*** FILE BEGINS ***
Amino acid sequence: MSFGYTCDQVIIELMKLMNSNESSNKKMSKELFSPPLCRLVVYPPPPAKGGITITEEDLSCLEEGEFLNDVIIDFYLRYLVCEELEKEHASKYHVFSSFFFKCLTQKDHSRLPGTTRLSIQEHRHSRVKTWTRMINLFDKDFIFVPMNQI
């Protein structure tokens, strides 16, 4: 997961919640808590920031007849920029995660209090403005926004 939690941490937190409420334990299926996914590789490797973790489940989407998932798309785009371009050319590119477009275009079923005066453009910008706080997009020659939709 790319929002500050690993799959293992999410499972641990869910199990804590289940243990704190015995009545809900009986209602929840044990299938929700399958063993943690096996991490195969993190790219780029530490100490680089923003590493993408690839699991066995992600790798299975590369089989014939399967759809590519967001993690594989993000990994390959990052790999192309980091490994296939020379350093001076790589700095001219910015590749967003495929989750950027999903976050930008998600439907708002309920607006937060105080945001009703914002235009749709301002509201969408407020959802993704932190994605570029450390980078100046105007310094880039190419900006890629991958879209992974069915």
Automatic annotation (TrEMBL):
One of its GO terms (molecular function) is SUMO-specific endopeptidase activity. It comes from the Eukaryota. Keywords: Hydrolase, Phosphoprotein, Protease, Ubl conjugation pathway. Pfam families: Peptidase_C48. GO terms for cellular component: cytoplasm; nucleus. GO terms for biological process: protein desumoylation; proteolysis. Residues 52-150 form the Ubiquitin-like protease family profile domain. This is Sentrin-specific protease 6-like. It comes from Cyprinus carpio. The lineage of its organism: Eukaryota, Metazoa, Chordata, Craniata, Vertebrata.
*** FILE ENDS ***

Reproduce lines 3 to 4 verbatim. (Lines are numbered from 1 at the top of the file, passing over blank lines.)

Automatic annotation (TrEMBL):
One of its GO terms (molecular function) is SUMO-specific endopeptidase activity. It comes from the Eukaryota. Keywords: Hydrolase, Phosphoprotein, Protease, Ubl conjugation pathway. Pfam families: Peptidase_C48. GO terms for cellular component: cytoplasm; nucleus. GO terms for biological process: protein desumoylation; proteolysis. Residues 52-150 form the Ubiquitin-like protease family profile domain. This is Sentrin-specific protease 6-like. It comes from Cyprinus carpio. The lineage of its organism: Eukaryota, Metazoa, Chordata, Craniata, Vertebrata.